My apartment complex uses PPPoE CHAP authentication for internet (Mikrotik router), I want to switch their provided router with my own, however they aren't willing to give me my password.

I have fooled the router by connecting it's WAN port to my computer and running a PPPoE server on it, however, the router does not answer PPPoE PAP requests, so I am unable to recover the password that way.

That said, I can provide any PPPoE CHAP id and challenge value, and the way I understand it, CHAP uses MD5(id . password . challenge), are there any id and challenge values I could provide that would speed up cracking it via hashcat?


Probably Not Feasible


In CHAP, the authenticator sends a challenge, and then the client responds by hashing the secret plus some other data from that challenge.

This is comparable to sending a new salt every time, and it does not represent the scenario hashcat was designed for.

That said, the response contains an MD5 hash of challenge ID + secret + challenge value. Two of those values are transmitted over the wire. The resulting MD5 hash is also transmitted, so you have everything you need to recover the secret in theory.

The problem is getting the existing tools to work in this scenario.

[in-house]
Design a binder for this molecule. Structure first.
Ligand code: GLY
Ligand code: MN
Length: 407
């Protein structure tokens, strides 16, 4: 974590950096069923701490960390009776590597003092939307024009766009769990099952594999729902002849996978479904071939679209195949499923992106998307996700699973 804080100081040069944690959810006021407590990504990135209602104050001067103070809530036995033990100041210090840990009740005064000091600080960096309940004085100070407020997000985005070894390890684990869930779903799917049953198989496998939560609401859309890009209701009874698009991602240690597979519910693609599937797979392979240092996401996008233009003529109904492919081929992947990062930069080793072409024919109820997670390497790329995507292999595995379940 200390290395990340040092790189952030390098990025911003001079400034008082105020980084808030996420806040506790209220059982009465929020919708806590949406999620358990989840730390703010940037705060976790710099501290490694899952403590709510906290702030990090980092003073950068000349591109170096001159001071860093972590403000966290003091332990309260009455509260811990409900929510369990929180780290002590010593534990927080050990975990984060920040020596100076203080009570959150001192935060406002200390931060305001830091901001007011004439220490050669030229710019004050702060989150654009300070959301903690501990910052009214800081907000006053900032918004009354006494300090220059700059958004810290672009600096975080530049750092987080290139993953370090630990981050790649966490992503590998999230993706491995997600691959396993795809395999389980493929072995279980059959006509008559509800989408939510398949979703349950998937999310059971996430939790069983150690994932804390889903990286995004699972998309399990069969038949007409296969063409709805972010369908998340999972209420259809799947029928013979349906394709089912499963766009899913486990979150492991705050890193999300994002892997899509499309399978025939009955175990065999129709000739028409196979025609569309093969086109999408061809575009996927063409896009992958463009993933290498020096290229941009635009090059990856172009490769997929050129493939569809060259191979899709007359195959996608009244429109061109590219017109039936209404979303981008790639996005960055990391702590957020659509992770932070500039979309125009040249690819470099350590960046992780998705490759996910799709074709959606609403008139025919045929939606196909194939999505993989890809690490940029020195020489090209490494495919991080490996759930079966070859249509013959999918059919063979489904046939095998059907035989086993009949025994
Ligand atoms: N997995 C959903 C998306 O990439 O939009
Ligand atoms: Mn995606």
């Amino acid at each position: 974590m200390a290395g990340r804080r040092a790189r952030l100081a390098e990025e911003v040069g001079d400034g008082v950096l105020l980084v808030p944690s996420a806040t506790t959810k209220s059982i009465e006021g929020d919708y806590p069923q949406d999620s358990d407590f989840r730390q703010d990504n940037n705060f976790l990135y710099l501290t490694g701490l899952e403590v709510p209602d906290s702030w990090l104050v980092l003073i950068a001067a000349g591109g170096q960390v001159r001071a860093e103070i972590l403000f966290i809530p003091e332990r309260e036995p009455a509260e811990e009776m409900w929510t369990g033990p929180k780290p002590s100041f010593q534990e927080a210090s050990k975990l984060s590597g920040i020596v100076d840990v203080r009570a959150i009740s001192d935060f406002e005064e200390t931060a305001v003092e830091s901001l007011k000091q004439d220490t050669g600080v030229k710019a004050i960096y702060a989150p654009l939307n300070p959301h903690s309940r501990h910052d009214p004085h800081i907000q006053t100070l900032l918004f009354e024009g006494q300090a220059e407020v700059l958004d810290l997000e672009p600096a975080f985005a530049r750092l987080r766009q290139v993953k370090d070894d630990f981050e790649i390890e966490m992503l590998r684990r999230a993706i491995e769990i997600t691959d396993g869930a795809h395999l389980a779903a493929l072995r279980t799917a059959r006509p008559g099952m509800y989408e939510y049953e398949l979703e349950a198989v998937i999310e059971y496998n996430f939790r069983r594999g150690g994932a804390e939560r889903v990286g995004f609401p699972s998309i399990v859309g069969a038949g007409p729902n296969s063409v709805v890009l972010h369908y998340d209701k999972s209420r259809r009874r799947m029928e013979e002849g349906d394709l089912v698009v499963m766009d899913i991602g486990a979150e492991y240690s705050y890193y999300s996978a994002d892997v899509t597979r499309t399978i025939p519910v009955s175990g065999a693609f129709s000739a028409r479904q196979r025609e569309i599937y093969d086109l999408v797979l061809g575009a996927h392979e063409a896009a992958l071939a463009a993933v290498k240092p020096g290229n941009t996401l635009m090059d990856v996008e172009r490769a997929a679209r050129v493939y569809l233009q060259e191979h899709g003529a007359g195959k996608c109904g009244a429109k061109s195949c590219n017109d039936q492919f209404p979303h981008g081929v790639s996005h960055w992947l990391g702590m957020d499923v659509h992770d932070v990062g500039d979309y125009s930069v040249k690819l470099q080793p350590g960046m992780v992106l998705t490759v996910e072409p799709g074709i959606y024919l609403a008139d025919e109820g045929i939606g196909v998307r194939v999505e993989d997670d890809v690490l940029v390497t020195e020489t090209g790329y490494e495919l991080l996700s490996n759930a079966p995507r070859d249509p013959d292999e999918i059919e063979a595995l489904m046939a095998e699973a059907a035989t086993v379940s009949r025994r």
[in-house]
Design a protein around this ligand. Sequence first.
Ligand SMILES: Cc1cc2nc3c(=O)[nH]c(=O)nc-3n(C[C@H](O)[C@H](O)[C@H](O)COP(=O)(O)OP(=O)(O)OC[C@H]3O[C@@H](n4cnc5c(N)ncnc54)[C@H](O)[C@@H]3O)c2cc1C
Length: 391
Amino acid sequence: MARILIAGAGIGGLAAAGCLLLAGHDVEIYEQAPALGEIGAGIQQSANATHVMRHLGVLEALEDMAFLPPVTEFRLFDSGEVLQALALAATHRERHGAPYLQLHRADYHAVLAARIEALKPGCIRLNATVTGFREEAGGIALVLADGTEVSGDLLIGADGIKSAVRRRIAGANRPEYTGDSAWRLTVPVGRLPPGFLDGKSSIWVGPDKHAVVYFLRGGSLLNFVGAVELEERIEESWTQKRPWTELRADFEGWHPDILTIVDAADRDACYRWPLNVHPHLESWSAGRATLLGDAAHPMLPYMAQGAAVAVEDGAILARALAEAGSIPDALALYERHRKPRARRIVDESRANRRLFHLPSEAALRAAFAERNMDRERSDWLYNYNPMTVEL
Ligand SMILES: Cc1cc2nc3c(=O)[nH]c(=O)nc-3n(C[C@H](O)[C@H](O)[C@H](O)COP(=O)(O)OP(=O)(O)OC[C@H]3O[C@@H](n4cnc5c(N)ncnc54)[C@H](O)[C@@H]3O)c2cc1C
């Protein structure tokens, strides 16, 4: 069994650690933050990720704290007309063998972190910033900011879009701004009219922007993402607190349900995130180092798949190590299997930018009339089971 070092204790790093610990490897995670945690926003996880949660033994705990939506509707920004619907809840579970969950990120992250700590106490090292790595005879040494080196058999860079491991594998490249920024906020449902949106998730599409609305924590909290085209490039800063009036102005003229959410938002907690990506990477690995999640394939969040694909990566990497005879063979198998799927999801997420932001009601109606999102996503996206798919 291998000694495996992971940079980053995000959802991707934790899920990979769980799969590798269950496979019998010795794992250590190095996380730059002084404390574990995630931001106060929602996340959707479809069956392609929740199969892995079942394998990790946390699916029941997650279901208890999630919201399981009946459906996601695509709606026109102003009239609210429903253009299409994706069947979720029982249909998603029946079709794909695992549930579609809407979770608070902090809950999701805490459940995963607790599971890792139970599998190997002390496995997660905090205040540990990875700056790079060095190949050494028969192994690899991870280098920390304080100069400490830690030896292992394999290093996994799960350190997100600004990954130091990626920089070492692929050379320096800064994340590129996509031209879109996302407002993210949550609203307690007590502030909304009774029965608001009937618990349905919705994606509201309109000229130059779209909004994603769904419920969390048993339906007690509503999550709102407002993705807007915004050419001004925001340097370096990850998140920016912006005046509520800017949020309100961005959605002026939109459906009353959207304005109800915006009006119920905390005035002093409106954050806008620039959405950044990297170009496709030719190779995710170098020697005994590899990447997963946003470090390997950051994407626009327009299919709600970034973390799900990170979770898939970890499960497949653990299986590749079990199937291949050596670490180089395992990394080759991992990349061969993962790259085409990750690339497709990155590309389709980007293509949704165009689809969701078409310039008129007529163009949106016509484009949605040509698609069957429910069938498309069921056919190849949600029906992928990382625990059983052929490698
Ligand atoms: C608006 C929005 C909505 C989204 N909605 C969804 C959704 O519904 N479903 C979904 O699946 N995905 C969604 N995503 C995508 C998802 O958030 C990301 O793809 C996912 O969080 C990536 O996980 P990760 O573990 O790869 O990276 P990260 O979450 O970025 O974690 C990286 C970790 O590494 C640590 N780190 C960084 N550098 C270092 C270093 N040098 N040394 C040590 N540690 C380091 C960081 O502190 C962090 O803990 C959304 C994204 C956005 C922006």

You could take three approaches.

  1. You could generate a wordlist consisting of randomly-generated secret candidates and concatenate them with the ID + challenge using rules. (Extremely slow)
  2. You could create custom character sets for each character in the ID + challenge and run a bruteforce mask attack. (Fairly slow)
  3. You could attack similar to option 1, but with a regular wordlist; however, this will only succeed if the secret is in your dictionary. (Fairly fast)


Typical CHAP secret lengths are 12-16 bytes/characters. You could probably run #2 for 8- or 9-character secrets in a reasonable time frame, but longer secrets would be problematic even with high end hardware. You are looking at years, even with dedicated multi-GPU rigs.

This leaves #3 as the only feasible option, which means your efforts are tied directly to the quality of your wordlist and the CHAP secret.


I haven't found a way to crack PPP CHAP challenge with Hashcat, but I have successfully implemented this with the John-The-Ripper thanks to its dynamic password forms functionality (you can see more details about this functionality in this article).
For Identifier == 1 (from the Challenge message):

john -form=dynamic='md5($c1.$p.$s),c1=\x01' --wordlist=words.txt hash.txt

hash.txt contents:


where 3f5ba38341417566895aafec05b91f99 is the hash and 3939d8a5ebb14db2805f9088a8629452 is the salt (challenge value).

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